You can go to a countertop shop and have them made. The originals were white marble but you can have any color and material you want! How about green quartz sparkle? Or black marble?
I did give it a thought to get new ones made. I'll have to check into the pricing and selection. A friend of mine suggested I get synthetic marble and then drill and inset a series of individual LED's around the forward edge making a digital power meter of sorts on the top of each cabinet, built right into the top! I'm not so sure about that idea, but it does sound interesting! :-)

I just looked these up and looked at images... I saw these in more like the early to mid 1980's... working on speakers for a long time.... Now that I go to images, I'm not sure if what I had been in was an 8000 or a 9000, but the woofer mounted on a plate firing down, below that plate was a slot with a screen mesh all the way around,  the bass was fired out of that slot.
Hi timlub,
I don't know how long Empire continued to make these particular models of speaker as the amount of information on the web seems incomplete and sketchy at best. The 1964 Empire catalog listed the Empire Royal Grenadier 9000 with a 15" downward firing woofer in what appears to be an acoustic suspension design and the iconic external gold colored midrange and tweeter. It also showed the Empire Grenadier 8000 with a 12" downward firing woofer in what appears to be a vented design enclosure with the same iconic external gold colored midrange and tweeter. You are right in that they both had a screen mesh around the bottom of the cabinet for the woofer. In an ad from 1966 and what I think is an excerpt from the 1967 Empire catalog I see the Empire Royal Grenadier 9000M and the Empire Grenadier 8000P. The 9000M appears to be basically unchanged cosmetically from the 9000, but the 8000P now has a fluted column design as opposed to the smooth column of the 8000 from 1964.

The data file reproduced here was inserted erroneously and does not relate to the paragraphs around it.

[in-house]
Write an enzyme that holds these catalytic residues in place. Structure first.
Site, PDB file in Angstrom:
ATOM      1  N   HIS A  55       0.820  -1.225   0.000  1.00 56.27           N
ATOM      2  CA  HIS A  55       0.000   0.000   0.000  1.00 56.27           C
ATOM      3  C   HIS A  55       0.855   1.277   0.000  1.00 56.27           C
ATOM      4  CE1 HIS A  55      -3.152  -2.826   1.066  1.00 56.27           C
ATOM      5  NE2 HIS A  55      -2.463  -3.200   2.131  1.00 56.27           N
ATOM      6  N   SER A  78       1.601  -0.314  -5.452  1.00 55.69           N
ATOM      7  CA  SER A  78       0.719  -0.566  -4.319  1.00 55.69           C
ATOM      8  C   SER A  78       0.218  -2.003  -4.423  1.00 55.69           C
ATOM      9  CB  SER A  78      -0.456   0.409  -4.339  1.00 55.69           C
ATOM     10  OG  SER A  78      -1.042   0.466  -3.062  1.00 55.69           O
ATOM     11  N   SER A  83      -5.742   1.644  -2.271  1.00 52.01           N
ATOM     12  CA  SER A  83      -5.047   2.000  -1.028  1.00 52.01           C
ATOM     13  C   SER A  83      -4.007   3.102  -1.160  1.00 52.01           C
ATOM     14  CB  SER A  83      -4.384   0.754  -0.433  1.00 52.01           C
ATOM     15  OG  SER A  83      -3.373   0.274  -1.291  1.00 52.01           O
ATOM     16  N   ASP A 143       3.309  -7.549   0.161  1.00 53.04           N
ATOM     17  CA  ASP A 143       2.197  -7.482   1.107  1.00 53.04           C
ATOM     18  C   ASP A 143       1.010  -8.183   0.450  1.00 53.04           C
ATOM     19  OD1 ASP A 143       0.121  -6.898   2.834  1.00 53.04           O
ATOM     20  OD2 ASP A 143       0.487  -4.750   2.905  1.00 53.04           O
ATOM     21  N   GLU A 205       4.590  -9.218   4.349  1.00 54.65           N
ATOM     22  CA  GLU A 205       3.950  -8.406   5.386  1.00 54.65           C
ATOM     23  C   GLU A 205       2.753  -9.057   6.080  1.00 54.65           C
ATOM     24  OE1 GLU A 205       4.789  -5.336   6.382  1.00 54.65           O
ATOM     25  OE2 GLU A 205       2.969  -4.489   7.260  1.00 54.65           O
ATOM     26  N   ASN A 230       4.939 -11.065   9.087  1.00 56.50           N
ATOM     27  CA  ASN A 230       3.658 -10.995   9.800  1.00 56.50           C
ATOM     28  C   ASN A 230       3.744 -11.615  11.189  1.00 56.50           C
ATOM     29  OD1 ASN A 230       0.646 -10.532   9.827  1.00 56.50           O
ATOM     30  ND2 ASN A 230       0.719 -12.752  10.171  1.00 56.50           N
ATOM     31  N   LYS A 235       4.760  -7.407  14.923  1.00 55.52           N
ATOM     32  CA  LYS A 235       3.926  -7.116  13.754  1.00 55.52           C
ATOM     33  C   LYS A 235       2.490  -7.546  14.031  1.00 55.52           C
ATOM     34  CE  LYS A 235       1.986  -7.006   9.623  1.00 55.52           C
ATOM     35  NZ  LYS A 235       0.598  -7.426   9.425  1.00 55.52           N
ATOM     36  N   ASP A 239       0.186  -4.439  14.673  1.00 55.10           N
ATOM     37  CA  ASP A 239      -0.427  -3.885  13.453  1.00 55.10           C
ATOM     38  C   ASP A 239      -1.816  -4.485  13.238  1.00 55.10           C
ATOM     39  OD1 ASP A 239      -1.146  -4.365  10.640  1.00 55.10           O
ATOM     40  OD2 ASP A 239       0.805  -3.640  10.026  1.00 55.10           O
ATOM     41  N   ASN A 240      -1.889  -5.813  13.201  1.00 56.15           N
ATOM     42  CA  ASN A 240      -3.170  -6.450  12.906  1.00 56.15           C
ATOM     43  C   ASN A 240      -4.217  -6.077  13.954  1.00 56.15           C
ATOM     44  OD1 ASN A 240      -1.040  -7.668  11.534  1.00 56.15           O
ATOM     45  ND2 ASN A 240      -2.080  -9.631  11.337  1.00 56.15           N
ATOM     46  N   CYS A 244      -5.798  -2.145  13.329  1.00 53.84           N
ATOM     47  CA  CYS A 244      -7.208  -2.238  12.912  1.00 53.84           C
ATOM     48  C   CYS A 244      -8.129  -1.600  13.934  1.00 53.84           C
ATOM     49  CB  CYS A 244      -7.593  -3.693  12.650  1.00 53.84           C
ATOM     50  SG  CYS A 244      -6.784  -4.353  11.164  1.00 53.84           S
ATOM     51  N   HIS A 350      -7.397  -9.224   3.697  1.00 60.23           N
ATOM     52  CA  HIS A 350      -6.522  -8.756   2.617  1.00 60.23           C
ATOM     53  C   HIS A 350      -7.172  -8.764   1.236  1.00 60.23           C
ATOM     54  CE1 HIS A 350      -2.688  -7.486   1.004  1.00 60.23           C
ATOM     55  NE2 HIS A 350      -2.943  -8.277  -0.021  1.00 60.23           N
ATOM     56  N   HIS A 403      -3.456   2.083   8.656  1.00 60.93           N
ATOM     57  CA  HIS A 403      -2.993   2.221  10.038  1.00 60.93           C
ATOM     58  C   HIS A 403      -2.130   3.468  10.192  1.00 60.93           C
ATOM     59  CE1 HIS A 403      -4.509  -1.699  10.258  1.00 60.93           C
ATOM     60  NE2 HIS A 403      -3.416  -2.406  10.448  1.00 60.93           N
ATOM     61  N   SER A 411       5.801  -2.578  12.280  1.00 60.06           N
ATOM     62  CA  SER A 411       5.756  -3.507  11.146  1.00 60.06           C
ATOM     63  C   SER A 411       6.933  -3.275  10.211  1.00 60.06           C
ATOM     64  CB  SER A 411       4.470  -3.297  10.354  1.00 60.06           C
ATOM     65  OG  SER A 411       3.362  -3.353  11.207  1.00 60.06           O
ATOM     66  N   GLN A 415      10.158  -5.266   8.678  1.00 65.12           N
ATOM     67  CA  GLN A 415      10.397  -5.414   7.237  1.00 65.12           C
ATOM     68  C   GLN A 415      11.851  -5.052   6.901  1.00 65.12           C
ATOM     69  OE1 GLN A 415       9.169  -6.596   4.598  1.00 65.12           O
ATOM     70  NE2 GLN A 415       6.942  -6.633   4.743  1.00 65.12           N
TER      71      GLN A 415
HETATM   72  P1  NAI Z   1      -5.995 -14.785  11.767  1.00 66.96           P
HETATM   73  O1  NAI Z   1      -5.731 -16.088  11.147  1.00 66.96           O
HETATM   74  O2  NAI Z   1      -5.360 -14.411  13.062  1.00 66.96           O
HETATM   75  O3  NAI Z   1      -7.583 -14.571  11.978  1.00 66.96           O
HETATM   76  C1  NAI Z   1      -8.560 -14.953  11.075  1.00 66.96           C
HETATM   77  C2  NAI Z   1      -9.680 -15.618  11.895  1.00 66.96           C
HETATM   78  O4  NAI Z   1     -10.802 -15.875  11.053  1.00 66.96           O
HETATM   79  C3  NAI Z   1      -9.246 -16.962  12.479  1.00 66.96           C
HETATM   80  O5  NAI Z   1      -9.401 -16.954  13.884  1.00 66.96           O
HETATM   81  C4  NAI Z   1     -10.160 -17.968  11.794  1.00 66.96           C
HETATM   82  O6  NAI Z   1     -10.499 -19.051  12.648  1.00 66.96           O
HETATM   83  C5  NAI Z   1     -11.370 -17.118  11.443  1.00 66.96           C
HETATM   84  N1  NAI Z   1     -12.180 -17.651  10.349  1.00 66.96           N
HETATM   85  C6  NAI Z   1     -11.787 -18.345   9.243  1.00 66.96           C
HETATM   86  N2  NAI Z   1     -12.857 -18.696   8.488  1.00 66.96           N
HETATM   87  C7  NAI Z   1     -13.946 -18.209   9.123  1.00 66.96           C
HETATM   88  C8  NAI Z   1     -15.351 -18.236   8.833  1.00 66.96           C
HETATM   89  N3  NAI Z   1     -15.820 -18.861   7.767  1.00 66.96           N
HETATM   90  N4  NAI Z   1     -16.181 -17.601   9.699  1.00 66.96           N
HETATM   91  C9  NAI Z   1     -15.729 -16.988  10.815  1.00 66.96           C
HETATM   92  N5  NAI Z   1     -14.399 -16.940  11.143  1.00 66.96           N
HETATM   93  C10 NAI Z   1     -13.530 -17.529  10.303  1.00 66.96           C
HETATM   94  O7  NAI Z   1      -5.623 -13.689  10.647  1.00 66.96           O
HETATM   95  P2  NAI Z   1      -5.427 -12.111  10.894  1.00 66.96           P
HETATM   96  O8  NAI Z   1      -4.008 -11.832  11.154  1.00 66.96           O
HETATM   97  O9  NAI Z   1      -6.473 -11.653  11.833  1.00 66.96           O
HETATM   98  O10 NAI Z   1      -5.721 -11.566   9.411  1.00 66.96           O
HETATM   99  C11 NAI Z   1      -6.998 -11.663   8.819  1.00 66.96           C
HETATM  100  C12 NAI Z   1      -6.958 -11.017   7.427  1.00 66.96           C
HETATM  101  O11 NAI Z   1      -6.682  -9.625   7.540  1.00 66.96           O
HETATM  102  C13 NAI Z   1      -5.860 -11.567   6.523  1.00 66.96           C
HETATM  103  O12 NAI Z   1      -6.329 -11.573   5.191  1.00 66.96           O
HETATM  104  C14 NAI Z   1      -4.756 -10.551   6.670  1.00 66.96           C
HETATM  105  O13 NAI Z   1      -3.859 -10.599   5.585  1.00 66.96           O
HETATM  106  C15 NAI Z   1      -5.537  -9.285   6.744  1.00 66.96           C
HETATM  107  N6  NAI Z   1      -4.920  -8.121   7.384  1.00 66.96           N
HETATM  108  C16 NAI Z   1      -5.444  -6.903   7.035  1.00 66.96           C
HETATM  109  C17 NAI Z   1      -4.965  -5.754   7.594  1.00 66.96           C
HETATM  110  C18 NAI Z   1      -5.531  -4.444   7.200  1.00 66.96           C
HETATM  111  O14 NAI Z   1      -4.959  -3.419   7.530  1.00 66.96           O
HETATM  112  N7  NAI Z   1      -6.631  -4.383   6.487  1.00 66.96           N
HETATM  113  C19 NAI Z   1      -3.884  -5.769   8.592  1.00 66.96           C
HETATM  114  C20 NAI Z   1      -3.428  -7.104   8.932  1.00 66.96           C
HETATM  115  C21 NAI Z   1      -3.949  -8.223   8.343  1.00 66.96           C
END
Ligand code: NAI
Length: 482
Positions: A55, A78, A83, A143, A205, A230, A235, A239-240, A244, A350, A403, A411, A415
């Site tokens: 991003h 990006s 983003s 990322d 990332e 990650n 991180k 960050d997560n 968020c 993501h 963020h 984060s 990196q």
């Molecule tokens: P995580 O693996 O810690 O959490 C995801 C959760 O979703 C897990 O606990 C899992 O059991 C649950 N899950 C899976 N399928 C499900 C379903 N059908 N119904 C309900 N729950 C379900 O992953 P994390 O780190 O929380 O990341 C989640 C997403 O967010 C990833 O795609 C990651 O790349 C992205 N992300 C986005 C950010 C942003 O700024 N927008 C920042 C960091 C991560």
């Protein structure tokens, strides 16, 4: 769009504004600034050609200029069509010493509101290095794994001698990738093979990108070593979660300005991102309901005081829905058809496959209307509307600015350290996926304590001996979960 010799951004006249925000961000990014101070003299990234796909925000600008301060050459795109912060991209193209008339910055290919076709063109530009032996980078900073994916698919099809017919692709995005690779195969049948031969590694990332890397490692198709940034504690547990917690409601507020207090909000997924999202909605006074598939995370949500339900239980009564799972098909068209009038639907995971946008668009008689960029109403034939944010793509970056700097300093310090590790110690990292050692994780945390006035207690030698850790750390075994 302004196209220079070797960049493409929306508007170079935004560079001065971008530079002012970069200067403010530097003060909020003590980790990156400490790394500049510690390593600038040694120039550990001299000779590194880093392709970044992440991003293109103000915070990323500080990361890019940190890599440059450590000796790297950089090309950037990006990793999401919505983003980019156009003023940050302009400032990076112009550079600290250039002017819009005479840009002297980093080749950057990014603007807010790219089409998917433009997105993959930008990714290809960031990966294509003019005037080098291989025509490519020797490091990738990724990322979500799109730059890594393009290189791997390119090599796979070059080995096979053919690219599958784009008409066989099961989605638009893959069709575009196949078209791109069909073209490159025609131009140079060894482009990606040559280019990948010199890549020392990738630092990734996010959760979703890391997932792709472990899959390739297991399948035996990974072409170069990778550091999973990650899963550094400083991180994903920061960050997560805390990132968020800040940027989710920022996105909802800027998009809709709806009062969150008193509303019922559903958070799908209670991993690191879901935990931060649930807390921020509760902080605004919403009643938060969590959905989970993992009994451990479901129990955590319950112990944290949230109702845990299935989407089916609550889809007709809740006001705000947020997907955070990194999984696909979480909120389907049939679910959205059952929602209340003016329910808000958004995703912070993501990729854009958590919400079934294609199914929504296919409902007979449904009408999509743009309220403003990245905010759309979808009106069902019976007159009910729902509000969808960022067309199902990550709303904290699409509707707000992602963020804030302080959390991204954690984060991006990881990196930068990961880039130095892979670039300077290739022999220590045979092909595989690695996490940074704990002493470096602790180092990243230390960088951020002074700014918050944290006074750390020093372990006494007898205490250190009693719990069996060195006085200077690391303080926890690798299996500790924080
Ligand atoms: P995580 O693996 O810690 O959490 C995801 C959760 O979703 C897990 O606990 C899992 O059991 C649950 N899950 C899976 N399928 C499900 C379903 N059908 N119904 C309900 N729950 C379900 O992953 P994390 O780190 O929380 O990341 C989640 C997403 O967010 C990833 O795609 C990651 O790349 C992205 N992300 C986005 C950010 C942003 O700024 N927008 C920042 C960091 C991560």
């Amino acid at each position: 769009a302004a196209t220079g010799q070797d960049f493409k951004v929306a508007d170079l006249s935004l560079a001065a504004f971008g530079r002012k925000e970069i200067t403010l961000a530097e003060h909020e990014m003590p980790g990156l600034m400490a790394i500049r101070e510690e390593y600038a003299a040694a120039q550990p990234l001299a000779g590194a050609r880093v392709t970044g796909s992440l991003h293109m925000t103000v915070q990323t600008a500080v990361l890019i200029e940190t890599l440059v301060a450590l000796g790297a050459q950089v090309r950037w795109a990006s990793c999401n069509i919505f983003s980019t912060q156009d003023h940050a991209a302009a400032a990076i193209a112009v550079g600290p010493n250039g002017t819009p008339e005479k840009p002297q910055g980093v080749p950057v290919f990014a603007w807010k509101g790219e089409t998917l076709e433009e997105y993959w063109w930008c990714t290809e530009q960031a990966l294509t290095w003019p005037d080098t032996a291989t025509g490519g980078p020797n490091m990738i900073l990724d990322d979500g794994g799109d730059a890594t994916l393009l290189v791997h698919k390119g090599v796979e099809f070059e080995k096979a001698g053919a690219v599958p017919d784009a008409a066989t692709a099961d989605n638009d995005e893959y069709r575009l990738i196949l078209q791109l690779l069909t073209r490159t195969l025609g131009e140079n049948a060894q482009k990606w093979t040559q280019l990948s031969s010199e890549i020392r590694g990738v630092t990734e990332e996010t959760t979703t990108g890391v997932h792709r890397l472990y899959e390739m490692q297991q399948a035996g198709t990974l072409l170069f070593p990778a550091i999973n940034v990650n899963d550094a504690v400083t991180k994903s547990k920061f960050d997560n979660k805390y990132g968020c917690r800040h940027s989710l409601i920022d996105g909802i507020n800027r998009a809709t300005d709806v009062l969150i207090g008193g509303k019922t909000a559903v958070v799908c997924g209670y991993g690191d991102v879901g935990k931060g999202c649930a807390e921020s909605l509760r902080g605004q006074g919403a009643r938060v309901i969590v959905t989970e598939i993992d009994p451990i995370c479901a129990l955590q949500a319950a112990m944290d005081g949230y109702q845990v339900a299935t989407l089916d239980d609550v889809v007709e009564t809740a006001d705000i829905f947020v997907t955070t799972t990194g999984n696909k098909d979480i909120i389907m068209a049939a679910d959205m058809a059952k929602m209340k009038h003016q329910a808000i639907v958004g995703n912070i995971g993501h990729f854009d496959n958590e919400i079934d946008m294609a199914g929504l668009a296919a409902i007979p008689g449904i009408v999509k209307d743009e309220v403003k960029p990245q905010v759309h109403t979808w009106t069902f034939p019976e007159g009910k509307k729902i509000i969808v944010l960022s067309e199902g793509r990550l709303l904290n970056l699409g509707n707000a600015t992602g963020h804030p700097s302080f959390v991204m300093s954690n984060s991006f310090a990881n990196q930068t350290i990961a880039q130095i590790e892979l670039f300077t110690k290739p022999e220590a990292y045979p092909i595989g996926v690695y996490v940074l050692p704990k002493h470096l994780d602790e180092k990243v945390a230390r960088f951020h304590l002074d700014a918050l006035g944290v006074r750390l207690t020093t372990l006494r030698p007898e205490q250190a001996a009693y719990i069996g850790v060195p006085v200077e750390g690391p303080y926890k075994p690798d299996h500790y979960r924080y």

There seem to have been other models like the 7500, 7000, 6500, etc. including the very unique Neptune speaker that came later and at a lower price point. They all continued with the downward firing woofer configuration and front mounted midrange and tweeter, but looked entirely different. There doesn't seem to be a lot of information regarding a clear timeline with all the models from Empire's beginning to the end of their run.

When I was a kid in the 1960's, I only knew one person (my next door neighbor, who was a lawyer) who had a pair of Empire Royal Grenadier 9000's, with the marble top. Looking at the original price and adjusting for inflation a rough calculation would put the cost of a pair of Empire Royal Grenadier 9000's from 1964 at approximately $2400.00 in today's money.

I did find something about those ports on the Empire 8000P's. I'm now changing my mind and believe they were for more than packing and shipping. I found an old ad for them from 1966. It was on a French audio collectors website (of course it was all in French, but I understood the pictures), but the ad was in English. It made the following statement.

"Its exclusive dynamic reflex stop system allows you to adjust the bass and treble response to suit your individual room acoustics"

The crossover adjustment on the bottom is marked only for "High Frequency Control". Low, medium and high. So it looks like the only way to adjust the bass, would be to change the woofer load by removing some or all of the vent plugs or leaving them all in. There are six ports on each cabinet and right now I have four of the six ports plugged on each. Mainly because I only have 9 plugs total as the remaining 3 were missing. 

I also made at least one mistake in one of my ramblings above. The other Empire speaker I was trying to think of was the Jupiter, not the Neptune. I knew it was one of those planets! ;-) The cabinet looked like the head of "Robert" the robot from the old Gerry Anderson kids show Fireball XL5! Very unique!

I really like so much of the old equipment from the "golden era of audio" and before.